By JW Jones
In the not-so-distant past arguing that precious metals prices were setup to fall generally elicited a response which was not real pleasant. In fact, during gold's infamous bull market rally on several occasions I called for pullbacks which regardless of the accuracy of my call generated hate mail that seemingly never ended.
Fast forward to the present and hardcore gold bugs remain transfixed on the idea that precious metals must rise. The gold bull market has ended, at least for now and those still holding the bag are looking at large losses from the all time highs set back in 2011.
These same gold bugs will cite a litany of reasons why gold should be moving higher from the unprecedented printing of money by global central banks to the deficit spending and eventual fiscal day of reckoning facing most Western nations. I do not disagree with the gold bugs that in the long run gold prices will rally above the all time highs, but in the short to intermediate term there are several forces which have the potential to drive gold prices lower.
Gold prices cannot rise continually,regardless of the macro-economic backdrop. Nothing, not even Apple Computer (AAPL) or Priceline.com (PCLN) will rise forever. Eventually prices will come back down to earth and revert to the long term mean. It has happened in gold and it will happen to Apple Computer and Priceline.com at some point in the future, it is simply a matter of time.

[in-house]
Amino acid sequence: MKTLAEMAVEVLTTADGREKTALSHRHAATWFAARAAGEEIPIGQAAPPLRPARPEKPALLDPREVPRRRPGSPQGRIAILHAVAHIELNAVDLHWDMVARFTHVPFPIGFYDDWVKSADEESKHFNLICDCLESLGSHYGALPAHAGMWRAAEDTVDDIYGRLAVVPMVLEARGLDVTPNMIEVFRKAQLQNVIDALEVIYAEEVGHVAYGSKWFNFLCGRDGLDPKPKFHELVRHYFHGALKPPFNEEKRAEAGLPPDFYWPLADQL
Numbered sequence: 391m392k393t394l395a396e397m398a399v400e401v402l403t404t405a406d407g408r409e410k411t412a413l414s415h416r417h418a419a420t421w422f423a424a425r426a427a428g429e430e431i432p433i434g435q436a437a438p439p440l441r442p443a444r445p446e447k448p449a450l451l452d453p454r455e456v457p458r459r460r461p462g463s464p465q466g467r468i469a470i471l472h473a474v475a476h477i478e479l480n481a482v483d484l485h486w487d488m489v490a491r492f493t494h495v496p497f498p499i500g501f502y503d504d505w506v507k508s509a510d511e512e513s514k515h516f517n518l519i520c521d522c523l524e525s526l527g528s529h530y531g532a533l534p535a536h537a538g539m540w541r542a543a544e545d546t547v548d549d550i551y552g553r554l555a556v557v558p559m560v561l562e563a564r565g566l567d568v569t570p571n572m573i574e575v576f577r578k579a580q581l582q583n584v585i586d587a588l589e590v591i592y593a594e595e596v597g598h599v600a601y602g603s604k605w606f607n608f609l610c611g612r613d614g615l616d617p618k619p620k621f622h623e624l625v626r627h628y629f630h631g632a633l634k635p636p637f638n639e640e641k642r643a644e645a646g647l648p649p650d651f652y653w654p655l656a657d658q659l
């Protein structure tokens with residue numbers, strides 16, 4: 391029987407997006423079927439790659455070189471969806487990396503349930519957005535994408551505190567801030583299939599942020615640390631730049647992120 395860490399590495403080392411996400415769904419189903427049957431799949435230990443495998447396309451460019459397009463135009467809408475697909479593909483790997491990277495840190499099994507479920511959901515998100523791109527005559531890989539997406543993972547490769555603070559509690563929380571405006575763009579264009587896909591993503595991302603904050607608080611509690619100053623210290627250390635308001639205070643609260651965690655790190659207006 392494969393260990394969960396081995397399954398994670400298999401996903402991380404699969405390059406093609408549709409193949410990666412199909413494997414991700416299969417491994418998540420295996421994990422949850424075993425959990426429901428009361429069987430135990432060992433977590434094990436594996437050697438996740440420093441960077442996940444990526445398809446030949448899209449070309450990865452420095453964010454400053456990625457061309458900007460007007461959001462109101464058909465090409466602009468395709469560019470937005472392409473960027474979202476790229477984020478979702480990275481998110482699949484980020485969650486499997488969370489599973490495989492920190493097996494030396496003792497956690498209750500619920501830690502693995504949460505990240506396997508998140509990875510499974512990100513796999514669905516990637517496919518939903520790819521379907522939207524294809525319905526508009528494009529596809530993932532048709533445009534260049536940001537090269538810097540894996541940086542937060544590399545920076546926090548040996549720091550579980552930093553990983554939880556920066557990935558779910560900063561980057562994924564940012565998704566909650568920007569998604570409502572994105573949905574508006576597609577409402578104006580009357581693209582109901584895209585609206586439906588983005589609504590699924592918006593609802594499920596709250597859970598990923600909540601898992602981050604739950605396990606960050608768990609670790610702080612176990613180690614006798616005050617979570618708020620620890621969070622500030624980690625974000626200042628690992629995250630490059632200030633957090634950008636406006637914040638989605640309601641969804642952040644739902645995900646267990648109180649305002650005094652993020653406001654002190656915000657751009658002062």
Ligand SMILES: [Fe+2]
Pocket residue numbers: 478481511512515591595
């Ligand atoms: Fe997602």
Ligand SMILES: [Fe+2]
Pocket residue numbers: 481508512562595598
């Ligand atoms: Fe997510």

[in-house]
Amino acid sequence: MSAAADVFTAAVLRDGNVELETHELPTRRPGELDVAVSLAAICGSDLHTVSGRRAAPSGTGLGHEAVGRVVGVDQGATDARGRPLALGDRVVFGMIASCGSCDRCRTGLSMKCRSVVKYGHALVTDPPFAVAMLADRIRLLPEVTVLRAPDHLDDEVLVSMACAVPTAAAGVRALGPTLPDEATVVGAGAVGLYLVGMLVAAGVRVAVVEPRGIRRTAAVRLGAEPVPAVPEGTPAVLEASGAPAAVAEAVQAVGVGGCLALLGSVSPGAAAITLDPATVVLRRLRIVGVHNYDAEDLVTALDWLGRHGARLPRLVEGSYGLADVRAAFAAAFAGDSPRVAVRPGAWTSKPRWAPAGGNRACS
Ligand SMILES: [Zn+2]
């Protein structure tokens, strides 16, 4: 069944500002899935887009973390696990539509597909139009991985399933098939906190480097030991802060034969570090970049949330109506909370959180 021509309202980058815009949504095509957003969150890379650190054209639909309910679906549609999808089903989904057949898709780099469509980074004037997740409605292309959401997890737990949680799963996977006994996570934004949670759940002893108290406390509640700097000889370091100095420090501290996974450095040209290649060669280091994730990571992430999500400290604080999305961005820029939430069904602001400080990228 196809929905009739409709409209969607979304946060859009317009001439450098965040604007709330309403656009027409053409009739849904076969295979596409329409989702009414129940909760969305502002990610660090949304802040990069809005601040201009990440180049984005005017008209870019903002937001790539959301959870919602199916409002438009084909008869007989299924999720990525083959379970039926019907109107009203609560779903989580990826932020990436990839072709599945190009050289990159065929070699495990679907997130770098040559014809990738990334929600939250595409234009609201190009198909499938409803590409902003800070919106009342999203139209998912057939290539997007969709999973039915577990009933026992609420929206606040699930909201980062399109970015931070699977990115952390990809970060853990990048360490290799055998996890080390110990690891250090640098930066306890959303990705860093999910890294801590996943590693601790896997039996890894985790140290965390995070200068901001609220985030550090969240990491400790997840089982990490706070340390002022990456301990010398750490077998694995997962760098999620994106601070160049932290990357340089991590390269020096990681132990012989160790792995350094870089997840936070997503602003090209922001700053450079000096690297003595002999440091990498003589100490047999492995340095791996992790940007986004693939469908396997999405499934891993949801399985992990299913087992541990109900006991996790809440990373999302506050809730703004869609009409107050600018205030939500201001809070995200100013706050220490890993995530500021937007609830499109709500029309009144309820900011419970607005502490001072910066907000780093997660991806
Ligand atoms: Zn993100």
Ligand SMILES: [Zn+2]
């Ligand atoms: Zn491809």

Before I discuss my reasoning as to why gold and silver are likely to pullback in the intermediate term, I need to remind readers that I remain long-term bullish of precious metals. While the long-term remains bright, the short-term is especially murky and dark.
The first primary concern for gold bugs should be the price behavior of the U.S. Dollar Index recently. The Dollar has rallied sharply higher after carving out a higher low on the daily chart (bullish). The Dollar is on the verge of breaking out above a major descending trendline on the daily chart. Once that breakout to the upside has occurred it will become likely that the recent highs will be tested and possibly taken out. The daily chart of the Dollar Index is shown below.
Dollar Index Daily Chart
The U.S. Dollar's price action shown above is not indicative of bearish expectations. In fact, I would argue that the Dollar is, and likely will remain in a bull market in the short and intermediate time frames.